The one monument that depcits the greatest number of shield design is Trajan's Column. The sculpture was created at the very hight of the Roman Empire and its army. The shields on the column represent a very specific time in Roman history, but their symbolism could be applied to anytime in early to mid imperial history. Lino Rossi, a modern historian, conveyed his ideas on the symbolism in his now out of print book, Trajan's Column and the Dacian Wars. I present a streamlined version of his concept here:
The wings and thunderbolt design was almost never seen on the non-citizen auxiliary shields. The few times that it did appear could be explained by attributing those instance to auxiliaries who were awarded citizenship or those units who were not citizens, but served the emperor directly. (such as the emperor's bodyguard)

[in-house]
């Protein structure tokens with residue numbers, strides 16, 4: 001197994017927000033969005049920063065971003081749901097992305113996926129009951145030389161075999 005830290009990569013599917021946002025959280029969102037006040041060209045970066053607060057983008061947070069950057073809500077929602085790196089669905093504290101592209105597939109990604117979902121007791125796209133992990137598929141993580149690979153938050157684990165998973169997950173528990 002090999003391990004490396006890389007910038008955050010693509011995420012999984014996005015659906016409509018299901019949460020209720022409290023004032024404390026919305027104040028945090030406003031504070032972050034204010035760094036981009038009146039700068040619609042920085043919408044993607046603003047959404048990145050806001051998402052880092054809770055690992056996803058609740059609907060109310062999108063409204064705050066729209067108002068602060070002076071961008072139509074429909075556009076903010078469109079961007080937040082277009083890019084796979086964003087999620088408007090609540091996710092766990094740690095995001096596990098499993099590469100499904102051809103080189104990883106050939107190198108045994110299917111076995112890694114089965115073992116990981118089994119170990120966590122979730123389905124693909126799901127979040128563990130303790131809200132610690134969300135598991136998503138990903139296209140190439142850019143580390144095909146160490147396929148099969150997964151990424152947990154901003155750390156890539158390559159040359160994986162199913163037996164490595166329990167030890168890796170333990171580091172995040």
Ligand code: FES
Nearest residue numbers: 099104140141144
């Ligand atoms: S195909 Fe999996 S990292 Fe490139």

The wreath design is very common on auxiliary shields on Trajan's Column. A wreath (or cown) was awarded to a general who retuned from battle with victory. There were also a number of military decorations awarded as crowns. It can be guessed that whe this design was painted on a shield it meant that particular unit had recieved an award for some great victory.
1. Greece and Rome at War, by Peter Connolly.
2. Rossi, Lino Trajan's Column and the Dacian Wars.